In this day and age there are approximately 2.7 billion people who live on less than $2,- a day, 1.1 billion who live on less than $1,- a day and 18 million people die each year due to poverty-related causes. Back in 2006 almost 1.1 billion people around the world had a lack of safe drinking water, while water pollution killed almost 1.8 million people in the same year.
In the meantime, statistics show that in 2011 the world’s military budget reached a staggering and almost unimaginable amount of $2,157,172,000,000 dollars. The fact that this money is being spent on military issues instead of helping those millions of people in need is heart breaking.
Unfortunately these are not just numbers and statistics, these are real fellow humans we’re talking about and we believe it’s important to do our best and help those in need.
Third world countries
Most of the world poverty is happening in third world countries. But what are third world countries exactly? The term ‘third world’ arose during the time of the Cold War where it defined countries that were either part of the NATO (USA, Western Europe) or the Communist Bloc (Russia – then USSR – People’s republic of China and Cuba). The NATO was hereby considered to be ‘the first world’, the communist bloc was ‘the second world’ and all other countries were ‘third world countries’.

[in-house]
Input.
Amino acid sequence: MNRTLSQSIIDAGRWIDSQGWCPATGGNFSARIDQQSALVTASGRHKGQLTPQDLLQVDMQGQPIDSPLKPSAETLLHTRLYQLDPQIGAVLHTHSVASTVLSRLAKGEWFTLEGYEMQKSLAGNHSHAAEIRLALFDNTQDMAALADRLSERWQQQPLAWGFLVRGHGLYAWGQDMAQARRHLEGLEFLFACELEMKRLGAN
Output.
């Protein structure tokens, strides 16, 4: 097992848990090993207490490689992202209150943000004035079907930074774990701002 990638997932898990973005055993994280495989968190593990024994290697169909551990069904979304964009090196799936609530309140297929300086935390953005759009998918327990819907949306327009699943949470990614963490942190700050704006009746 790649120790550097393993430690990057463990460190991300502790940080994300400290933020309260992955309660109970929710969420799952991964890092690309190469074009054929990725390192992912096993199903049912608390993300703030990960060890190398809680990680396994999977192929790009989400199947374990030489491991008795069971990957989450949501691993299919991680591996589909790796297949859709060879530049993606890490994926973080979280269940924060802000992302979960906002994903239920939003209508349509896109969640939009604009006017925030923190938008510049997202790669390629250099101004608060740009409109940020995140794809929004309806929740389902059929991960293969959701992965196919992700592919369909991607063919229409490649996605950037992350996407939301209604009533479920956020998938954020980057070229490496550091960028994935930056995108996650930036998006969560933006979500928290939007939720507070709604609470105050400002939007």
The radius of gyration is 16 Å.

This way of addressing the world’s countries provided a broad – though inaccurate and sometimes even cruel – way of categorizing nations based on social, political and economic divisions.
Throughout the years there have been many changes in context and definition of the term ‘third world’. Many countries which were referred to as ‘third world countries’ during the Cold War happened to be extremely poor and non-industrialized, which in turn led to the generalization of the term ‘third world’ for many poor countries.
Today the term third world is used less often; instead the more neutral and respectful term ‘developing country’ has taken over its role. Developing countries are nations considered ‘poor’ and less developed than so called ‘developed’ countries such as many of the Western Europe countries, the USA and Japan.
Most of the world’s poverty can be found in these ‘developing countries’. The video below shows a simple but accurate comparison between ‘developed’ and ‘developing’ countries around the world. Credits go to YouTube user Farihashakeel for making this nice video: